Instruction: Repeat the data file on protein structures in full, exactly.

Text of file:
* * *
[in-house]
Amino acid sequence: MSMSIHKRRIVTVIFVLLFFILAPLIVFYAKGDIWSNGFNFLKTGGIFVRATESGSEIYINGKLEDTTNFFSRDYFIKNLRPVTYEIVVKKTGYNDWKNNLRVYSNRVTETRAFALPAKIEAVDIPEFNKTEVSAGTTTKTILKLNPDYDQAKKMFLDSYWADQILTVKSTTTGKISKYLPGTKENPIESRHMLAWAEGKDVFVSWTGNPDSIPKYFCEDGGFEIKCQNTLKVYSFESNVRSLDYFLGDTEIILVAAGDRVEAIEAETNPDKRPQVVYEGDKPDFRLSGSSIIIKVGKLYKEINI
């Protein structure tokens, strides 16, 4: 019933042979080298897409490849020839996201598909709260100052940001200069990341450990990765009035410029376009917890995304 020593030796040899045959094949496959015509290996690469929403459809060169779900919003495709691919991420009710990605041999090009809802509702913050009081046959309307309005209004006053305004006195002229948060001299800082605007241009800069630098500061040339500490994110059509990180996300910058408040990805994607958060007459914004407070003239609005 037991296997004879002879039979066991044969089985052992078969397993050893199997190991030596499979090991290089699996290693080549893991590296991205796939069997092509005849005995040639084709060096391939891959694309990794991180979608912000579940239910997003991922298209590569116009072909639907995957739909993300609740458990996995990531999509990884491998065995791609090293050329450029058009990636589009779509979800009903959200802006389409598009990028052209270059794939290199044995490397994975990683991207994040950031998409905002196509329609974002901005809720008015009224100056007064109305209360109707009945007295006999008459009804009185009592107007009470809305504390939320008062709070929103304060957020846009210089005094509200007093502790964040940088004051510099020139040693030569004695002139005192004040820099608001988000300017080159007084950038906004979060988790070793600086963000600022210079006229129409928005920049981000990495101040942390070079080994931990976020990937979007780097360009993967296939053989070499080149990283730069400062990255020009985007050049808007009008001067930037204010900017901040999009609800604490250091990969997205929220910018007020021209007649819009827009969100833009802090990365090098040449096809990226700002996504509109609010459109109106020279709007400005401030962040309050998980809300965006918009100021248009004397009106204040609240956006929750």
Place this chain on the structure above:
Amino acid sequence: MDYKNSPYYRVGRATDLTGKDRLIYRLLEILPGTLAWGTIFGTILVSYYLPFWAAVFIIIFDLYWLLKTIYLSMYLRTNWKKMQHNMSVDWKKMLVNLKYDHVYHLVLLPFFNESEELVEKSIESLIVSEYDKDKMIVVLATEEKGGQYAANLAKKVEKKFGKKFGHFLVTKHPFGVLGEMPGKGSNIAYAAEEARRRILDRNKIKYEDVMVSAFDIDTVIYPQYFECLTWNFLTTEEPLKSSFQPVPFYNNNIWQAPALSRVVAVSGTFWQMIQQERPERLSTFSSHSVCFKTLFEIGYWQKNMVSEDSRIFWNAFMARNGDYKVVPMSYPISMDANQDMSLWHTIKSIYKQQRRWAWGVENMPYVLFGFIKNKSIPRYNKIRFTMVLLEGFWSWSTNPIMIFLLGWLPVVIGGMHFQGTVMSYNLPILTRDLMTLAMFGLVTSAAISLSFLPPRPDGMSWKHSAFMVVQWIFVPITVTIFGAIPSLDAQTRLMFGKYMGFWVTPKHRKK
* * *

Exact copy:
[in-house]
Amino acid sequence: MSMSIHKRRIVTVIFVLLFFILAPLIVFYAKGDIWSNGFNFLKTGGIFVRATESGSEIYINGKLEDTTNFFSRDYFIKNLRPVTYEIVVKKTGYNDWKNNLRVYSNRVTETRAFALPAKIEAVDIPEFNKTEVSAGTTTKTILKLNPDYDQAKKMFLDSYWADQILTVKSTTTGKISKYLPGTKENPIESRHMLAWAEGKDVFVSWTGNPDSIPKYFCEDGGFEIKCQNTLKVYSFESNVRSLDYFLGDTEIILVAAGDRVEAIEAETNPDKRPQVVYEGDKPDFRLSGSSIIIKVGKLYKEINI
């Protein structure tokens, strides 16, 4: 019933042979080298897409490849020839996201598909709260100052940001200069990341450990990765009035410029376009917890995304 020593030796040899045959094949496959015509290996690469929403459809060169779900919003495709691919991420009710990605041999090009809802509702913050009081046959309307309005209004006053305004006195002229948060001299800082605007241009800069630098500061040339500490994110059509990180996300910058408040990805994607958060007459914004407070003239609005 037991296997004879002879039979066991044969089985052992078969397993050893199997190991030596499979090991290089699996290693080549893991590296991205796939069997092509005849005995040639084709060096391939891959694309990794991180979608912000579940239910997003991922298209590569116009072909639907995957739909993300609740458990996995990531999509990884491998065995791609090293050329450029058009990636589009779509979800009903959200802006389409598009990028052209270059794939290199044995490397994975990683991207994040950031998409905002196509329609974002901005809720008015009224100056007064109305209360109707009945007295006999008459009804009185009592107007009470809305504390939320008062709070929103304060957020846009210089005094509200007093502790964040940088004051510099020139040693030569004695002139005192004040820099608001988000300017080159007084950038906004979060988790070793600086963000600022210079006229129409928005920049981000990495101040942390070079080994931990976020990937979007780097360009993967296939053989070499080149990283730069400062990255020009985007050049808007009008001067930037204010900017901040999009609800604490250091990969997205929220910018007020021209007649819009827009969100833009802090990365090098040449096809990226700002996504509109609010459109109106020279709007400005401030962040309050998980809300965006918009100021248009004397009106204040609240956006929750």
Place this chain on the structure above:
Amino acid sequence: MDYKNSPYYRVGRATDLTGKDRLIYRLLEILPGTLAWGTIFGTILVSYYLPFWAAVFIIIFDLYWLLKTIYLSMYLRTNWKKMQHNMSVDWKKMLVNLKYDHVYHLVLLPFFNESEELVEKSIESLIVSEYDKDKMIVVLATEEKGGQYAANLAKKVEKKFGKKFGHFLVTKHPFGVLGEMPGKGSNIAYAAEEARRRILDRNKIKYEDVMVSAFDIDTVIYPQYFECLTWNFLTTEEPLKSSFQPVPFYNNNIWQAPALSRVVAVSGTFWQMIQQERPERLSTFSSHSVCFKTLFEIGYWQKNMVSEDSRIFWNAFMARNGDYKVVPMSYPISMDANQDMSLWHTIKSIYKQQRRWAWGVENMPYVLFGFIKNKSIPRYNKIRFTMVLLEGFWSWSTNPIMIFLLGWLPVVIGGMHFQGTVMSYNLPILTRDLMTLAMFGLVTSAAISLSFLPPRPDGMSWKHSAFMVVQWIFVPITVTIFGAIPSLDAQTRLMFGKYMGFWVTPKHRKK